The grim story does have a kind of happy ending though - after trudging through this (always well-written and readable) catalogue of unhappiness we arrive at the year 2001 when Brian, now married to Melinda Ledbetter (who sounds like one of the few really nice people in the whole book), finally - 34 years later! - finishes "Smile" and even performs it live on stage to universal acclaim. As you finish the book you think "Enough - I don't ever want to read another word about these horrible people or about poor tormented Brian - I just want to listen to their beautiful music". And in some ways I'm sorry I did read this book. It's strange to admire the Beach Boys' great mass of brilliant music so much but to dislike them all as human beings, except Brian of course. You don't dislike him, but you do pity him. I don't believe the author intended to perform hatchet jobs on all these people, he just let the awful facts speak for themselves. And now I'm hoping the remaining Beach Boys won't sue me for this review.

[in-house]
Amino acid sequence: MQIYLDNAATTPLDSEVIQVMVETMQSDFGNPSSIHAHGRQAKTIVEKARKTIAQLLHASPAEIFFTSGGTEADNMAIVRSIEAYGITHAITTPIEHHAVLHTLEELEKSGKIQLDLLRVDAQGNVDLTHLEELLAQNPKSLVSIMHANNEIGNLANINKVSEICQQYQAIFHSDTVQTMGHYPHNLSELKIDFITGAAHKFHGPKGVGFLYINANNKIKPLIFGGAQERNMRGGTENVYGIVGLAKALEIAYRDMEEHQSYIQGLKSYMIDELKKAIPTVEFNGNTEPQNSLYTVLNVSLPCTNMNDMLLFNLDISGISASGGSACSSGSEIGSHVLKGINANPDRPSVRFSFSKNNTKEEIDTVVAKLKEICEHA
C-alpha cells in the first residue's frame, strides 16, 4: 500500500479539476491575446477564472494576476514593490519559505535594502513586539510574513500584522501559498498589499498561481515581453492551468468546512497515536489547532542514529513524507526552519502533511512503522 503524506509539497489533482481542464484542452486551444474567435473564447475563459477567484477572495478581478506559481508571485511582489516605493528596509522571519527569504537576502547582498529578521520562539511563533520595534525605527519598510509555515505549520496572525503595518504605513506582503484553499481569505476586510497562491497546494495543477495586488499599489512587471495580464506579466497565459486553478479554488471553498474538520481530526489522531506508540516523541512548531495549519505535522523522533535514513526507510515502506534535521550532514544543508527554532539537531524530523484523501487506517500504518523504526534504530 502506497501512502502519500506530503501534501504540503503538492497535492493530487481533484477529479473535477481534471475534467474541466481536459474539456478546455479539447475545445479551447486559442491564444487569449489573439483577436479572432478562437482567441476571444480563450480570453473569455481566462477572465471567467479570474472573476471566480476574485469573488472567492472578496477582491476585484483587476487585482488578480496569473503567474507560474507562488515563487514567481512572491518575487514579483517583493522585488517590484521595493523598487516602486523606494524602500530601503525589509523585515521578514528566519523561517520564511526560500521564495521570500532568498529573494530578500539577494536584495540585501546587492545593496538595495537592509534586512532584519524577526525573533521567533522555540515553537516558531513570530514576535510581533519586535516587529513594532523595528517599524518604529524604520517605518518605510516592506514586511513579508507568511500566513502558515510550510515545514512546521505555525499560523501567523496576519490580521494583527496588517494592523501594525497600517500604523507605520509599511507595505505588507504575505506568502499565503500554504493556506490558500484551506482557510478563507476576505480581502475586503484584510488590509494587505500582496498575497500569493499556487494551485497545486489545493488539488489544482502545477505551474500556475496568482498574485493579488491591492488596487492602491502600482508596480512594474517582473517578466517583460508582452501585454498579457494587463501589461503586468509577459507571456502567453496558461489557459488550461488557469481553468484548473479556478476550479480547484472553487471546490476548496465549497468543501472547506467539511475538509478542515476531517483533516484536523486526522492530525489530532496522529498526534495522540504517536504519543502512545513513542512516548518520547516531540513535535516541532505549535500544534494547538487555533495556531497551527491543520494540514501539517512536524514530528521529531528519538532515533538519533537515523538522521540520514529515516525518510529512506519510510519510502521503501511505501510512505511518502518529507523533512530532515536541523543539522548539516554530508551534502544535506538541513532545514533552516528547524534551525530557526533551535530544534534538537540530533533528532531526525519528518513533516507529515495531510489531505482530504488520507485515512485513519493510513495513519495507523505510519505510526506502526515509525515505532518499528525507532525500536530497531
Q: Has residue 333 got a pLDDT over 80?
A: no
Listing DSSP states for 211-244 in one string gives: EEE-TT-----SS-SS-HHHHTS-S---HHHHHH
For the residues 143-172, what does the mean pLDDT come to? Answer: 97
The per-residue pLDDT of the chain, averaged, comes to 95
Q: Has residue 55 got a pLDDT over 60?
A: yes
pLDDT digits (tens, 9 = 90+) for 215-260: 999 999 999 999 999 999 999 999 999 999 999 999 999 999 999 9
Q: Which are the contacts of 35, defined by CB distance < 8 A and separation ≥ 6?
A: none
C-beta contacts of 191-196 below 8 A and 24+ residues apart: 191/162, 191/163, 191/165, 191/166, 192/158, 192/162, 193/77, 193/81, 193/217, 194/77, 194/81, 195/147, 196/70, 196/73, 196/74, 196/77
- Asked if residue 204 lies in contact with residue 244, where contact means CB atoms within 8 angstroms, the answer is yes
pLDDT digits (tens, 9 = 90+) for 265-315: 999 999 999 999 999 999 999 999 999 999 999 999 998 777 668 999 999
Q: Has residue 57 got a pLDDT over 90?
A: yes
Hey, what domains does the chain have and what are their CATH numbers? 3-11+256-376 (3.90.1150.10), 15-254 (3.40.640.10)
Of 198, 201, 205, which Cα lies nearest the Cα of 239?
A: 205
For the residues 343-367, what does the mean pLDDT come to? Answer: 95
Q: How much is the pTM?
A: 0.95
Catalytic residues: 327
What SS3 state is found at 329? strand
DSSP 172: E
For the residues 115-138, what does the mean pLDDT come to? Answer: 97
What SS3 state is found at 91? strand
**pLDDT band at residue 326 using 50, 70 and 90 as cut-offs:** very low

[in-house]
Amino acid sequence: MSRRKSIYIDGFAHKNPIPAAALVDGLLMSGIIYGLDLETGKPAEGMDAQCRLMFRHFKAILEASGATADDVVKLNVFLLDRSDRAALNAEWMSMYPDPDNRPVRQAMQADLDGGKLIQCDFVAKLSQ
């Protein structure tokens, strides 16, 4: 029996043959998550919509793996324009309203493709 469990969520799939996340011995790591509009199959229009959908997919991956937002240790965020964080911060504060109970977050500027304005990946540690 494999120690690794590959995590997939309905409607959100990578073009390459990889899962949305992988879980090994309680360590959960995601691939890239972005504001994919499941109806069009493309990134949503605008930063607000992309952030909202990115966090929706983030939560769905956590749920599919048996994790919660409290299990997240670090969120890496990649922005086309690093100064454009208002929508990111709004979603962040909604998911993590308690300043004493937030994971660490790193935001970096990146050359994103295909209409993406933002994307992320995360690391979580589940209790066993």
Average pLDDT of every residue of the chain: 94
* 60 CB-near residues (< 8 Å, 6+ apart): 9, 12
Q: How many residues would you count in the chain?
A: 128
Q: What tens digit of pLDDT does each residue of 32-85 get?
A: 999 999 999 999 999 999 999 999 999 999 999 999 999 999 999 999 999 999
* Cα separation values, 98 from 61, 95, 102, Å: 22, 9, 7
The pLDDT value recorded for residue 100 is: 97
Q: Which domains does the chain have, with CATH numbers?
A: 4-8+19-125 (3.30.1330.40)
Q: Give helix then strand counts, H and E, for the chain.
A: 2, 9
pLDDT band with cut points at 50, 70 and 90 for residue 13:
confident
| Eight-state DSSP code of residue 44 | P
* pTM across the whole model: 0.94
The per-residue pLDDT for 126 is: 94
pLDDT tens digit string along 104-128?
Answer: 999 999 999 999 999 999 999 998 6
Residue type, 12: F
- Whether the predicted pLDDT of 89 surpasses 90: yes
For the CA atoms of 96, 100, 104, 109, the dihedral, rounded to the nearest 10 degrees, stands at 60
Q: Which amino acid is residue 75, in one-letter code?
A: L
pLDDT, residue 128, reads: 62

Carlin provides plenty of new material to satisfy those of us who already own (ahem) every book on the subject of Brian Wilson. If you're just starting to read about the BBs, Brian Wilson, or the Wilson-free Group Currently d/b/a the Beach Boys, this is a good place to start.